Today: Anna Sharratt, executive director of Free Forest School, a national initiative that emphasizes unstructured play, with a nature immersion ethos. Parents and their children regularly meet in play groups, in all seasons, outdoors. The Free Forest School Facebook group for the Twin Cities has almost 4,000 members.



I’ve been reading “Black Elk Speaks,” by John G. Neihardt. There’s a nice edition that was released by the University of Nebraska in 2014 that includes color reproductions of the fantastic artwork by Standing Bear which was featured in the original edition.

Black Elk was an Oglala Lakota visionary and healer who came of age during the traumatic years when the U.S. government forcibly took the Black Hills from indigenous peoples, and tribes were forced into reservation life and all its associated traumas. The book features Black Elk’s detailed accounts of the profound visions he experienced starting at the age of 9, a riveting glimpse of “two leggeds” living in harmony with the natural world. To read this is to be transported to an alternate reality. The rest of the story — the colonization of free peoples; the disease, starvation, cultural loss, and environmental degradation that resulted — feels like another telling of current problems. Destruction fueled by greed and racism is a recurring American narrative.

I know this isn’t very uplifting, but I’ve found a positive takeaway. My work centers around connecting young children and families to public lands throughout North America. I’m using that platform to invite families to research the origins of the land where they live and recreate. Who is indigenous to those lands? What happened when colonizers moved in? What presence do indigenous people have now? Taking the time to learn this history with our kids, to contact local indigenous tribes and ask permission to recreate on these lands, is a step toward healing.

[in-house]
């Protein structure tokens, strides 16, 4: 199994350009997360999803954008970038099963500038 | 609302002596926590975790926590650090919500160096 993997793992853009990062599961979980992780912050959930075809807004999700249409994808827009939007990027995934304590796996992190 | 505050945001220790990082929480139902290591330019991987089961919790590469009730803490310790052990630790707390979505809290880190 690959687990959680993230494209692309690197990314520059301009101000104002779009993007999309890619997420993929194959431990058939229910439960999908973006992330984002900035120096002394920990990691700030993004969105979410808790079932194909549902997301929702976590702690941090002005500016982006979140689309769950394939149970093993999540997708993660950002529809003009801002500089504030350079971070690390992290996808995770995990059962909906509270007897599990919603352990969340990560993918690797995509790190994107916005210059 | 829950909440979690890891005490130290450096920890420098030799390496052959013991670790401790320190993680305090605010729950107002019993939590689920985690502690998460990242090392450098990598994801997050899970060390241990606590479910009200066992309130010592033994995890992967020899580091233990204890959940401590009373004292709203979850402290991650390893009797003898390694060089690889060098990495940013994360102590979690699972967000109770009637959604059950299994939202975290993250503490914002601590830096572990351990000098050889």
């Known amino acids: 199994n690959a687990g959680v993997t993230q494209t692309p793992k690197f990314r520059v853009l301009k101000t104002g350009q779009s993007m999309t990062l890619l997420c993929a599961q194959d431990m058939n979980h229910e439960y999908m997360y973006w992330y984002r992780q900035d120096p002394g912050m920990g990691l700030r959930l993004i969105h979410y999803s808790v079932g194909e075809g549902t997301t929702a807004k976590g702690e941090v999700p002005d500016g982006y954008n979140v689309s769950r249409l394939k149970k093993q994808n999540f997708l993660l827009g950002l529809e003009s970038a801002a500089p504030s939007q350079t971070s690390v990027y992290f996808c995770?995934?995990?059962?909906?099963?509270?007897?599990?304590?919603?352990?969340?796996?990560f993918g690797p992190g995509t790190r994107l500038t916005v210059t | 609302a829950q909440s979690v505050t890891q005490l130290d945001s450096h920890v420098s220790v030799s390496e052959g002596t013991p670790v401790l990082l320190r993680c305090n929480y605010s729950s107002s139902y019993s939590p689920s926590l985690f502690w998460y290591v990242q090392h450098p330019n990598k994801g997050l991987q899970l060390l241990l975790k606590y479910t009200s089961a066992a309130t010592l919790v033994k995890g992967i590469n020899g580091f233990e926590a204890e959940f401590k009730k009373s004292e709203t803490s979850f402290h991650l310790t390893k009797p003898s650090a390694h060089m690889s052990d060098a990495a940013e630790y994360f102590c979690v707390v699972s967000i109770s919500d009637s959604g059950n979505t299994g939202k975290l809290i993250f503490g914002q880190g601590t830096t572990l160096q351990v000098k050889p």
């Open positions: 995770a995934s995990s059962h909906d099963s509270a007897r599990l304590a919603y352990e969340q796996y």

I’m interested in the growing movement among communities of color to reclaim space in outdoor recreation and on public land through the use of social media. Being in nature is often portrayed as a white pursuit. Yet every culture has a unique relationship to nature, historically and present-day, and research shows that humanity stands to benefit from developing a deeper connection to the natural world. Instagram accounts such as @melaninbasecamp and @adventurekidsofcolor are examples of grassroots efforts to bring visual representation of people of color into outdoor recreation; organizations such as Latino Outdoors (@latinooutdoors) and Outdoor Afro (@outdoorafro) are pursuing the same goals on a larger scale. The #representationmatters movement is creating space for people of color in outdoor recreation and adventure, thus tackling a significant barrier to nature equity. To see more, check out #adventurekidsofcolor and #diversifyoutdoors.


Well, for one, I’m watching a house grow before my eyes. My husband and I dove headfirst into a large home addition project to turn our 600-square-foot cottage into a place our family of four can expand into as the kids grow. He’s skilled, having worked as a carpenter in the past and now as an architect. I’m not; I’m learning on the job, everything from carpentry to project coordination. Watching large piles of lumber materialize as a home is fascinating. As a person who generally isn’t motivated to find out “how things work,” it’s stretching my brain in many ways.



As sauna season has ramped up, I’ve been listening a lot to the new Low album, “Double Negative,” while I watch the flickering flames in our backyard sauna. It’s haunting and weird and totally captivating. My kids are obsessed with the Okee Dokee Brothers, so I listen to their albums ALL. THE. TIME. Parents often hate “kid music,” but these guys strike an amazing balance of appealing to kids and adults. They have a fun new album out — “Winterland” — and we’re so grateful they are supporting Free Forest School.



Eating at the recently opened Mesob Ethiopian Restaurant in Minneapolis. Don’t be tricked by the warehouse-like appearance outdoors. It’s cozy indoors, and the food is so tasty.

Curing fish. Gravlax is a fairly simple thing to make at home, and a great luxury around the holidays. I’ve been experimenting with additions to my gravlax rub in preparation for teaching a Nordic Table class at the American Swedish Institute this month. Sorry, the class is full, but there are spots available in my upcoming family baking class for Santa Lucia Day!